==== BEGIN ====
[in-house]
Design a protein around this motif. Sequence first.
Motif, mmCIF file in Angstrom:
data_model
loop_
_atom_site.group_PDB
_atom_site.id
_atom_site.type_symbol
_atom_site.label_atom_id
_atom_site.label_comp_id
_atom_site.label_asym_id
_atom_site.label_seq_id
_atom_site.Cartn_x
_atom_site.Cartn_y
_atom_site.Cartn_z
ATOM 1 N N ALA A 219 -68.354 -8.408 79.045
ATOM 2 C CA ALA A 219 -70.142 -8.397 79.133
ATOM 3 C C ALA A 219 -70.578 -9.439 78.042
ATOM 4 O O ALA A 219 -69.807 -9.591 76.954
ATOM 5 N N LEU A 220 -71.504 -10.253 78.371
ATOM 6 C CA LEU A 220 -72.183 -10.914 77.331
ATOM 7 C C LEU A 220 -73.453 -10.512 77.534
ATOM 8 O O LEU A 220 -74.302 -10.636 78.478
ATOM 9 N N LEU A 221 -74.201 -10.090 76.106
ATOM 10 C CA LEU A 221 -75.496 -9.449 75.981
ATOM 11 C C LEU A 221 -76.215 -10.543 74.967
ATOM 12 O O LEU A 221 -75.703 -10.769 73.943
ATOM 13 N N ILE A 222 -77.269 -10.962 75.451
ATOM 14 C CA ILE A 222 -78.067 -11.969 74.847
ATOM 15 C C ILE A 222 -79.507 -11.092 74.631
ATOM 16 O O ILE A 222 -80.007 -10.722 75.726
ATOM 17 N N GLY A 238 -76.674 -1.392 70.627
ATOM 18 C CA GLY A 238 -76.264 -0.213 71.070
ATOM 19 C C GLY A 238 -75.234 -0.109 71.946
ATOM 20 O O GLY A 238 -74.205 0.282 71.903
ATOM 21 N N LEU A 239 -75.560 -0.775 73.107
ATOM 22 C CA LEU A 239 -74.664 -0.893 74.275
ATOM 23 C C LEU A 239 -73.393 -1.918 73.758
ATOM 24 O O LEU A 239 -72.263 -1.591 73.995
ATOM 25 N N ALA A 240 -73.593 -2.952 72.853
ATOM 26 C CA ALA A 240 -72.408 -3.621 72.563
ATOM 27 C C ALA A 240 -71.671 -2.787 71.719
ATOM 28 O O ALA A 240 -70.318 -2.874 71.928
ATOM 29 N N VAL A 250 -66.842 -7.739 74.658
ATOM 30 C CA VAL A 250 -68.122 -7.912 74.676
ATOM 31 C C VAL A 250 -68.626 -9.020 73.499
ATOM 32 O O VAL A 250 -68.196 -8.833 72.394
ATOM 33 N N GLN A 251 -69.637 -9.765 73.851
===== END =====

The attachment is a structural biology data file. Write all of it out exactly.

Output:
[in-house]
Design a protein around this motif. Sequence first.
Motif, mmCIF file in Angstrom:
data_model
loop_
_atom_site.group_PDB
_atom_site.id
_atom_site.type_symbol
_atom_site.label_atom_id
_atom_site.label_comp_id
_atom_site.label_asym_id
_atom_site.label_seq_id
_atom_site.Cartn_x
_atom_site.Cartn_y
_atom_site.Cartn_z
ATOM 1 N N ALA A 219 -68.354 -8.408 79.045
ATOM 2 C CA ALA A 219 -70.142 -8.397 79.133
ATOM 3 C C ALA A 219 -70.578 -9.439 78.042
ATOM 4 O O ALA A 219 -69.807 -9.591 76.954
ATOM 5 N N LEU A 220 -71.504 -10.253 78.371
ATOM 6 C CA LEU A 220 -72.183 -10.914 77.331
ATOM 7 C C LEU A 220 -73.453 -10.512 77.534
ATOM 8 O O LEU A 220 -74.302 -10.636 78.478
ATOM 9 N N LEU A 221 -74.201 -10.090 76.106
ATOM 10 C CA LEU A 221 -75.496 -9.449 75.981
ATOM 11 C C LEU A 221 -76.215 -10.543 74.967
ATOM 12 O O LEU A 221 -75.703 -10.769 73.943
ATOM 13 N N ILE A 222 -77.269 -10.962 75.451
ATOM 14 C CA ILE A 222 -78.067 -11.969 74.847
ATOM 15 C C ILE A 222 -79.507 -11.092 74.631
ATOM 16 O O ILE A 222 -80.007 -10.722 75.726
ATOM 17 N N GLY A 238 -76.674 -1.392 70.627
ATOM 18 C CA GLY A 238 -76.264 -0.213 71.070
ATOM 19 C C GLY A 238 -75.234 -0.109 71.946
ATOM 20 O O GLY A 238 -74.205 0.282 71.903
ATOM 21 N N LEU A 239 -75.560 -0.775 73.107
ATOM 22 C CA LEU A 239 -74.664 -0.893 74.275
ATOM 23 C C LEU A 239 -73.393 -1.918 73.758
ATOM 24 O O LEU A 239 -72.263 -1.591 73.995
ATOM 25 N N ALA A 240 -73.593 -2.952 72.853
ATOM 26 C CA ALA A 240 -72.408 -3.621 72.563
ATOM 27 C C ALA A 240 -71.671 -2.787 71.719
ATOM 28 O O ALA A 240 -70.318 -2.874 71.928
ATOM 29 N N VAL A 250 -66.842 -7.739 74.658
ATOM 30 C CA VAL A 250 -68.122 -7.912 74.676
ATOM 31 C C VAL A 250 -68.626 -9.020 73.499
ATOM 32 O O VAL A 250 -68.196 -8.833 72.394
ATOM 33 N N GLN A 251 -69.637 -9.765 73.851